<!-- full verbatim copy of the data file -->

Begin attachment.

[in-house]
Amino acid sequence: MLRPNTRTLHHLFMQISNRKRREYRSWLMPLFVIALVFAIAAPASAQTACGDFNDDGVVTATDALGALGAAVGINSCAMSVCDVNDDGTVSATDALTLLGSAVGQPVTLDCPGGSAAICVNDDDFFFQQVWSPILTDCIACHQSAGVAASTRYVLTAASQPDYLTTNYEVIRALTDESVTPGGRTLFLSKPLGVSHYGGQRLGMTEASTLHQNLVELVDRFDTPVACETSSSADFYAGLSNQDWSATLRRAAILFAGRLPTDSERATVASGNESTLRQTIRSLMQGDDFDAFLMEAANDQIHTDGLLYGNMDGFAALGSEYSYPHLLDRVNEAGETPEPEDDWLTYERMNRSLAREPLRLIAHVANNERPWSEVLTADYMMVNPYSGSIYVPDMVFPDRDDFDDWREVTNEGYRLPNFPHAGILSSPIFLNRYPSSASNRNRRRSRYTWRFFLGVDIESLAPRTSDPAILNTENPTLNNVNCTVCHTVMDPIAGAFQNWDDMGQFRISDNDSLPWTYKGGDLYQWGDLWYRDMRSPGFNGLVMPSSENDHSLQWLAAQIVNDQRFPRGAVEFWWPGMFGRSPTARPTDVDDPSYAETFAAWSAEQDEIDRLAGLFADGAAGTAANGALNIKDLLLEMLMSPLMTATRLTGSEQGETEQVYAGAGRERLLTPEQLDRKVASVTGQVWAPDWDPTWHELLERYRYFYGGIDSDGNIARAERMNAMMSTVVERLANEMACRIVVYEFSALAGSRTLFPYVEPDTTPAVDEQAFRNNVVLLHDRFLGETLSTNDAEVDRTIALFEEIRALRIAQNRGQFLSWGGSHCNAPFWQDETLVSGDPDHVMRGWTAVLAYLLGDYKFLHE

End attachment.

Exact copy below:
[in-house]
Amino acid sequence: MLRPNTRTLHHLFMQISNRKRREYRSWLMPLFVIALVFAIAAPASAQTACGDFNDDGVVTATDALGALGAAVGINSCAMSVCDVNDDGTVSATDALTLLGSAVGQPVTLDCPGGSAAICVNDDDFFFQQVWSPILTDCIACHQSAGVAASTRYVLTAASQPDYLTTNYEVIRALTDESVTPGGRTLFLSKPLGVSHYGGQRLGMTEASTLHQNLVELVDRFDTPVACETSSSADFYAGLSNQDWSATLRRAAILFAGRLPTDSERATVASGNESTLRQTIRSLMQGDDFDAFLMEAANDQIHTDGLLYGNMDGFAALGSEYSYPHLLDRVNEAGETPEPEDDWLTYERMNRSLAREPLRLIAHVANNERPWSEVLTADYMMVNPYSGSIYVPDMVFPDRDDFDDWREVTNEGYRLPNFPHAGILSSPIFLNRYPSSASNRNRRRSRYTWRFFLGVDIESLAPRTSDPAILNTENPTLNNVNCTVCHTVMDPIAGAFQNWDDMGQFRISDNDSLPWTYKGGDLYQWGDLWYRDMRSPGFNGLVMPSSENDHSLQWLAAQIVNDQRFPRGAVEFWWPGMFGRSPTARPTDVDDPSYAETFAAWSAEQDEIDRLAGLFADGAAGTAANGALNIKDLLLEMLMSPLMTATRLTGSEQGETEQVYAGAGRERLLTPEQLDRKVASVTGQVWAPDWDPTWHELLERYRYFYGGIDSDGNIARAERMNAMMSTVVERLANEMACRIVVYEFSALAGSRTLFPYVEPDTTPAVDEQAFRNNVVLLHDRFLGETLSTNDAEVDRTIALFEEIRALRIAQNRGQFLSWGGSHCNAPFWQDETLVSGDPDHVMRGWTAVLAYLLGDYKFLHE